“…that He would grant you, according to the riches of His glory, to be strengthened with power through His Spirit in the inner man, so that Christ may dwell in your hearts through faith; and that you, being rooted and grounded in love, may be able to comprehend with all the saints what is the breadth and length and height and depth, and to know the love of Christ which surpasses knowledge, that you may be filled up to all the fullness of God”

Thank God for Eternal Life!

Your brother in Christ,
Pastor Michael Miano

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Man of Dust – Genesis & Ancient Near Eastern Origins

Recently, I have been in discussion with someone regarding the “dust” and “death” found in the beginning of Genesis, specifically Adam (man) being made of the “dust” of the ground and thus returning to it. What is this saying?

Before I start, please allow me to assert that I believe in a honest handling of God’s Word, and the need to “study to show ourselves approved RIGHTLY DIVIDING THE WORLD OF TRUTH” (2 Timothy 2:15). That being noted, I do not want to impose an understanding that is not there, and I want to find the most “literal” understanding of the text possible, what is known as ‘sensus literalis’.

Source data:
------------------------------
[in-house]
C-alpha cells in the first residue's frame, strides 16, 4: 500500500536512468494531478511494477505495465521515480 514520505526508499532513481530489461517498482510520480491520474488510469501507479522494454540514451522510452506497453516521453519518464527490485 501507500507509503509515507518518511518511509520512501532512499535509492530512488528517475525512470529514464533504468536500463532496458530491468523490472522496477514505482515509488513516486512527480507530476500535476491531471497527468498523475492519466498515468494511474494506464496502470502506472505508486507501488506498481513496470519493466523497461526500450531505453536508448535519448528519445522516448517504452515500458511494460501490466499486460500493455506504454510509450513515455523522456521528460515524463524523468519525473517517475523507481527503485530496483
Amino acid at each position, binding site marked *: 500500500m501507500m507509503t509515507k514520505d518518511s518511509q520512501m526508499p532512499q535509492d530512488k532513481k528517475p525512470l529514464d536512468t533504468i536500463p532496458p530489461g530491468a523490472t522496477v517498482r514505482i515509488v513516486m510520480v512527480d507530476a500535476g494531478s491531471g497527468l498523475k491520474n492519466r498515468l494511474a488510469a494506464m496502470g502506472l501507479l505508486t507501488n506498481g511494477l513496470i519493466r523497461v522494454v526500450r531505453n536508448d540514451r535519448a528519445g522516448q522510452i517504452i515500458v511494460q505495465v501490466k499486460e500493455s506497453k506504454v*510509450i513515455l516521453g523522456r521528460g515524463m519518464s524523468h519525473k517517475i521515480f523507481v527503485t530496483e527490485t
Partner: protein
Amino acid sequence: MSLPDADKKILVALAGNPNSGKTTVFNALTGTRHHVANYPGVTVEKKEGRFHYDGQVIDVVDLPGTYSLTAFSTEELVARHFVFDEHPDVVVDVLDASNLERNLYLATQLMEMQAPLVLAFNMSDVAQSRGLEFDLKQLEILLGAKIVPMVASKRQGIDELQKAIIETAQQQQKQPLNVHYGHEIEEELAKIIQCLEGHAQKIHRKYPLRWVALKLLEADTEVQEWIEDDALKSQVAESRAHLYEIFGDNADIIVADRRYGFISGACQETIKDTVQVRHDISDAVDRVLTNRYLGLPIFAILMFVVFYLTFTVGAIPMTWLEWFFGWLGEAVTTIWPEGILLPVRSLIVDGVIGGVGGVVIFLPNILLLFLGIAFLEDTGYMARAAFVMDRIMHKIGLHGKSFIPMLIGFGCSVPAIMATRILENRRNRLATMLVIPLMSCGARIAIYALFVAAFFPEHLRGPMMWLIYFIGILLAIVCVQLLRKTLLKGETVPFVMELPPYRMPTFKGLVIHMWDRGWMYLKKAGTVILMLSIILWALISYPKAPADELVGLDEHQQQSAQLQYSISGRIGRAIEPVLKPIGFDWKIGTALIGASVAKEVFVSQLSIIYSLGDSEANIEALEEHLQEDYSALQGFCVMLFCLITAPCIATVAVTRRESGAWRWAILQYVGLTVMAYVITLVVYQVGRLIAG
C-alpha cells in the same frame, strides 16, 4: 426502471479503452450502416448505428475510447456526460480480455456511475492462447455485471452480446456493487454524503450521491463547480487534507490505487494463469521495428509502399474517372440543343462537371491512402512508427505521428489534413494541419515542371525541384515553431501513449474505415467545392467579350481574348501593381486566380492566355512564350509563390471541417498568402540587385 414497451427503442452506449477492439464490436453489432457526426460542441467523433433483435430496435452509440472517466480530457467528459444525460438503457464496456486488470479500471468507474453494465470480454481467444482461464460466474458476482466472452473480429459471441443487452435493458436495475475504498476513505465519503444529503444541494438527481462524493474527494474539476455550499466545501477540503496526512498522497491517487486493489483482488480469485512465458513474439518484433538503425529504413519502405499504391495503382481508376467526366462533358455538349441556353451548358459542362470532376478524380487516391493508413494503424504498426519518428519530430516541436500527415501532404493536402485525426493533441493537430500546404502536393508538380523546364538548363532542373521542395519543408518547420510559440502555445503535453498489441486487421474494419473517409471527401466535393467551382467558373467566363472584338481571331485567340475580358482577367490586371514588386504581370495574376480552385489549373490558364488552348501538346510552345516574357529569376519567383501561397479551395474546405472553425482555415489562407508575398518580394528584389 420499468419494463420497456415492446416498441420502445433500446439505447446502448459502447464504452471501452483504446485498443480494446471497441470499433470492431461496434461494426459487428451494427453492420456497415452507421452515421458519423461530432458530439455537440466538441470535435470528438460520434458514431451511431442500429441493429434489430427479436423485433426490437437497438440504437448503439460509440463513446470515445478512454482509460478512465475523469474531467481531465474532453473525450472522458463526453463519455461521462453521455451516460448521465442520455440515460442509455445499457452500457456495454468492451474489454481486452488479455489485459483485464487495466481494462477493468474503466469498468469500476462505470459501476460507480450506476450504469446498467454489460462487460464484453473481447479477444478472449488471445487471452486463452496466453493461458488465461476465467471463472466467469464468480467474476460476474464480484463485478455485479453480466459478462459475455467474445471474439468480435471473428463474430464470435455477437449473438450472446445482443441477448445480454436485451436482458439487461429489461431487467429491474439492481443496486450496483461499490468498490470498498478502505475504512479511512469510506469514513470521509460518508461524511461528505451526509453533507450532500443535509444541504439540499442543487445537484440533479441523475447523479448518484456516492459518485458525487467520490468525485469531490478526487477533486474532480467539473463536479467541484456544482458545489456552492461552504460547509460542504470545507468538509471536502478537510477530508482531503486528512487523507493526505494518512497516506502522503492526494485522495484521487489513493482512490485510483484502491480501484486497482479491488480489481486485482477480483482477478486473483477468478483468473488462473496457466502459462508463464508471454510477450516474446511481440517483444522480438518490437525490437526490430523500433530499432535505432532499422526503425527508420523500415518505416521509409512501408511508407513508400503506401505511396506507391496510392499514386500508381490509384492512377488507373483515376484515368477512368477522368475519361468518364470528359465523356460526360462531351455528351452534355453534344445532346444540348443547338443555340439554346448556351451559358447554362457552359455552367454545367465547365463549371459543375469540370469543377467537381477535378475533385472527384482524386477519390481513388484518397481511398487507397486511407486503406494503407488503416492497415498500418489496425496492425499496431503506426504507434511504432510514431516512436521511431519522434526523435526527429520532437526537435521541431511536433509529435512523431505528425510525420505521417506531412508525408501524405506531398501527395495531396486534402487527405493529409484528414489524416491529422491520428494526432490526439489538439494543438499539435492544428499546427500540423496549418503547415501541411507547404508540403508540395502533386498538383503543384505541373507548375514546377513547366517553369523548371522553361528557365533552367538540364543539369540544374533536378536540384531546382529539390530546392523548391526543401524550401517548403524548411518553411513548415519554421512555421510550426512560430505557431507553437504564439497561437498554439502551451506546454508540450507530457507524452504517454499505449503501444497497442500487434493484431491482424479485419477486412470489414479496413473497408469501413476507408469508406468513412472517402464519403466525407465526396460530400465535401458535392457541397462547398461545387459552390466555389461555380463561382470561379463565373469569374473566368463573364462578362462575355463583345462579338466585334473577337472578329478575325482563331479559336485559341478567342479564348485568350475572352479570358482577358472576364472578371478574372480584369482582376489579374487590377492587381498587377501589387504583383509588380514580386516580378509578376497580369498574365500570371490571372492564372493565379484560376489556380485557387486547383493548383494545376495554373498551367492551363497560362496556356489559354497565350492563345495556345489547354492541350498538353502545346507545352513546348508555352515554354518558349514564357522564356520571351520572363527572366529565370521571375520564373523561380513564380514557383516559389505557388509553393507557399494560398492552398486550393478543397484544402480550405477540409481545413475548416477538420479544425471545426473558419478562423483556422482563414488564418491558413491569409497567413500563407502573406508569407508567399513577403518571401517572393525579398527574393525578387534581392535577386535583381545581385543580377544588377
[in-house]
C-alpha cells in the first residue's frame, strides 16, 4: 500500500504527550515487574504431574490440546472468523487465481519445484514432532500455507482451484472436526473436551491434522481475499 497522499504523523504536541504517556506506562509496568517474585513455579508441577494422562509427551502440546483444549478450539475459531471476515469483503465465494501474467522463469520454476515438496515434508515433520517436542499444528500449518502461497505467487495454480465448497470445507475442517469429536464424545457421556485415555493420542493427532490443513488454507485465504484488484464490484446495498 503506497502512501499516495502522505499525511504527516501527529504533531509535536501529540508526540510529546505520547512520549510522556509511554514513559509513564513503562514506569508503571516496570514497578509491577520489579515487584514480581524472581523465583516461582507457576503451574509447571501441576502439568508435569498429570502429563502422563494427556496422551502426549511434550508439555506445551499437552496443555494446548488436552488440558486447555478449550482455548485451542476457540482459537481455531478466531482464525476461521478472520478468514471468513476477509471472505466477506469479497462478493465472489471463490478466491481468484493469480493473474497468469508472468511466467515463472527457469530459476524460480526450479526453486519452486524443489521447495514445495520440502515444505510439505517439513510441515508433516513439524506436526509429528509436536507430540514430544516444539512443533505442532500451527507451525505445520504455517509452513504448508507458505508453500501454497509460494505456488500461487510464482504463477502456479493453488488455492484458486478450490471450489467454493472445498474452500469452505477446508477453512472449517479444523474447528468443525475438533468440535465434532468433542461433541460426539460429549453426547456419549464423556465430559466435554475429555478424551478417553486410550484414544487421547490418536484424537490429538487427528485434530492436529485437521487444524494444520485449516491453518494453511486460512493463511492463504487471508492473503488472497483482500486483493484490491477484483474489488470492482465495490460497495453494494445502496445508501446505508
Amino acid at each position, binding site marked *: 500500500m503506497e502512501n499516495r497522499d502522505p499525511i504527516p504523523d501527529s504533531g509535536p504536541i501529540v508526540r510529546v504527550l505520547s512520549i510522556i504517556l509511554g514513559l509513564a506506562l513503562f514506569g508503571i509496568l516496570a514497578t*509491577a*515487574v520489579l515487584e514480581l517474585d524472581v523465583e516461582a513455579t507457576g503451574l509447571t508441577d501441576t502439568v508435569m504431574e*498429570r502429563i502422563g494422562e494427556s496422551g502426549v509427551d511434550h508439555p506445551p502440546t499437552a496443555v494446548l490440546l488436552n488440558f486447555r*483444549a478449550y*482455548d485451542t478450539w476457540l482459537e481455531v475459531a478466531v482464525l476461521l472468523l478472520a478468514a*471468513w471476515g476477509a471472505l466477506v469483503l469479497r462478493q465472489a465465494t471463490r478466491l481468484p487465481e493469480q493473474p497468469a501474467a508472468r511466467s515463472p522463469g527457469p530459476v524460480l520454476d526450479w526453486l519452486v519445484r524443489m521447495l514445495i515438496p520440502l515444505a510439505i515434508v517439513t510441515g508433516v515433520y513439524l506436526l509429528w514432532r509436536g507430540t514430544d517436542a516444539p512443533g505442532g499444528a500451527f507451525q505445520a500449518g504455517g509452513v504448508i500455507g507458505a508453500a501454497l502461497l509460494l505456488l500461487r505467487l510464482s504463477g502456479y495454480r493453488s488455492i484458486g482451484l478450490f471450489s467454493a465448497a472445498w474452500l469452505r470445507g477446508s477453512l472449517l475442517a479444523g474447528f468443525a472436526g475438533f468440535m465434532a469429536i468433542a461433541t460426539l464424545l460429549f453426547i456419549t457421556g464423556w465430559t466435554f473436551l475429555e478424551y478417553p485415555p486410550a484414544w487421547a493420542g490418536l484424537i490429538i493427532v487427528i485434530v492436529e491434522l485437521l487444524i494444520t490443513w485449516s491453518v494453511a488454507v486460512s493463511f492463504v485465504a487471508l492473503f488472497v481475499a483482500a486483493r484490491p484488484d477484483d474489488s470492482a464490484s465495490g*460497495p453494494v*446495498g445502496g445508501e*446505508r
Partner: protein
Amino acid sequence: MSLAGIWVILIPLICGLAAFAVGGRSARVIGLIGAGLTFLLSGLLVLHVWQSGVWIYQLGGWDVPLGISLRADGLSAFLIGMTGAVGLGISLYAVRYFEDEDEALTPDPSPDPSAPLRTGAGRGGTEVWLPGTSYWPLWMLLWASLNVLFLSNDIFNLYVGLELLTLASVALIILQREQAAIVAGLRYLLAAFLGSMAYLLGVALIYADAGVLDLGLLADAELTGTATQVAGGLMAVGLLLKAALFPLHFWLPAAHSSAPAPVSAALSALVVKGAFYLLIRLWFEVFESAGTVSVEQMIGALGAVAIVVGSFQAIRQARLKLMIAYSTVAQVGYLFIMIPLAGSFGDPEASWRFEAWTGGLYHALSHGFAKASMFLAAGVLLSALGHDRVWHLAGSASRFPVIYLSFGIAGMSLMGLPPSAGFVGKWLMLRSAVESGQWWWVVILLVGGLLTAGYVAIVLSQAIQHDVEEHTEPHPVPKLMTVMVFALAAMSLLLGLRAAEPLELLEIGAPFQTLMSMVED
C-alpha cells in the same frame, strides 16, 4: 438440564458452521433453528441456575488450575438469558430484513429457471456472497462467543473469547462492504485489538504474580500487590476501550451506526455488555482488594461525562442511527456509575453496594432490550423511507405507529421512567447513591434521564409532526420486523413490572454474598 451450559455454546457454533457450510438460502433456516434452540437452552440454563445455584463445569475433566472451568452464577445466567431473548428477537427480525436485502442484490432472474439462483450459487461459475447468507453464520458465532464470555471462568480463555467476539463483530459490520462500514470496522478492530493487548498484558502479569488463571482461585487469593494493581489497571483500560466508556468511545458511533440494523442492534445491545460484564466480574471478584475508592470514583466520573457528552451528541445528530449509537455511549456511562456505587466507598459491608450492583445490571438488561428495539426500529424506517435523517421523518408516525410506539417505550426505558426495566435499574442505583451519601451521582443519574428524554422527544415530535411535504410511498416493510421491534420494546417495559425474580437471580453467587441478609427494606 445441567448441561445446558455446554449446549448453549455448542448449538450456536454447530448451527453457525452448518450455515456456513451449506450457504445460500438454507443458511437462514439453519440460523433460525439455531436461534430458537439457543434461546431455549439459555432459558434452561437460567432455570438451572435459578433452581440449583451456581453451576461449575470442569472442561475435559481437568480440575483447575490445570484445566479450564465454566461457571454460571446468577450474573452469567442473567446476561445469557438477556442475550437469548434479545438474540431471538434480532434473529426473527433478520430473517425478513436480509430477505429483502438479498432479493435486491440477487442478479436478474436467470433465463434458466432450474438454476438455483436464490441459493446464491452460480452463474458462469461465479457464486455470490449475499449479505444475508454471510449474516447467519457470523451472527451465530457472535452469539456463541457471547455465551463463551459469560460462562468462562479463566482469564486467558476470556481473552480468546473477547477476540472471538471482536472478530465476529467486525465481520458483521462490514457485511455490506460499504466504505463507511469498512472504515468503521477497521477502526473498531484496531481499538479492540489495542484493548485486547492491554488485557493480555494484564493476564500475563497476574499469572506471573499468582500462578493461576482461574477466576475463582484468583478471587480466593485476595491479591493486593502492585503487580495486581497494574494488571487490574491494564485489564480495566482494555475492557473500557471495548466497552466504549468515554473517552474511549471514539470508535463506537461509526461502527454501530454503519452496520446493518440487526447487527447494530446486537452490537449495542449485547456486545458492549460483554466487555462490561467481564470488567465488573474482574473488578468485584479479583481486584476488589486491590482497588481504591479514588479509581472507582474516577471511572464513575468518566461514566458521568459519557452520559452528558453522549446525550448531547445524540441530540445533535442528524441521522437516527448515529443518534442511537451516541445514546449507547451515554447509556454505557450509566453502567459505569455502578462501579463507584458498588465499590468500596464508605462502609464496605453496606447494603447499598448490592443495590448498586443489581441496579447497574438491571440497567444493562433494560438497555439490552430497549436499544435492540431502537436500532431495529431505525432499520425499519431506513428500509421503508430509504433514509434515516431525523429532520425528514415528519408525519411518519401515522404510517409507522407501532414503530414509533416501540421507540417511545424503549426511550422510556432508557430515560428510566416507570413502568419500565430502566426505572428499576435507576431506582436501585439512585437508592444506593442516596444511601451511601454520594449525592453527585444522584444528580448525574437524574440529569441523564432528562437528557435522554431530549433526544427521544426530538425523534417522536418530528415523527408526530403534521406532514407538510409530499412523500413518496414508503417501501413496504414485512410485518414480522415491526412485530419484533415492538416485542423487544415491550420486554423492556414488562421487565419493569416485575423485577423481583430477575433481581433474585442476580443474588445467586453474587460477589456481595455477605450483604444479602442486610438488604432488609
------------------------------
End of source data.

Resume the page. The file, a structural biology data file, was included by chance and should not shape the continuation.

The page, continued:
The words of Mr. R.C. Sproul, a well known Bible teacher, fit rightly here:

There is much confusion regarding the “literal” sense of Scripture…To interpret the Bible “literally” in the classic sense requires that we learn to recognize in Scripture different genres of literature. Poetry is to be interpreted as poetry, and didactic passages are to be interpreted according to the grammar of the didactic. Historical narrative must not be treated as parable, nor parable as strict historical narrative. Much of Bible prophecy is cast in an apocalyptic genre that employs graphic imaginative language and often mixes elements of common historical narrative with the figurative language.” (1)

This is where we must do the proper legwork. Sure, we can just pick up Genesis as 21st century Westerners and demand that the Scriptures make the points we want them to make about the things we want them to detail, as many do. Or….we can be honest and humble in our reading and studying and realize the ancient world is vastly different than ours. The concerns of those times are different than ours, and therefore the details of writing are as well.

Coming to an agreement concerning what type of genre the book of Genesis comes to us as is an rather intriguing study. The book ‘Beyond Creation Science’ by Tim Martin and Jeff Vaughn, first opened my eyes to taking a step back and really looking at the culture from which Genesis comes and the details it notes- finding Genesis to be more prophetic and apocalyptic than I had initially thought. Then reading through Dr. John Walton’s lectures on Youtube surely opened my eyes to understanding the concept of Genesis as a ‘temple text’ and it’s details in that environment rather than what I initially thought they meant.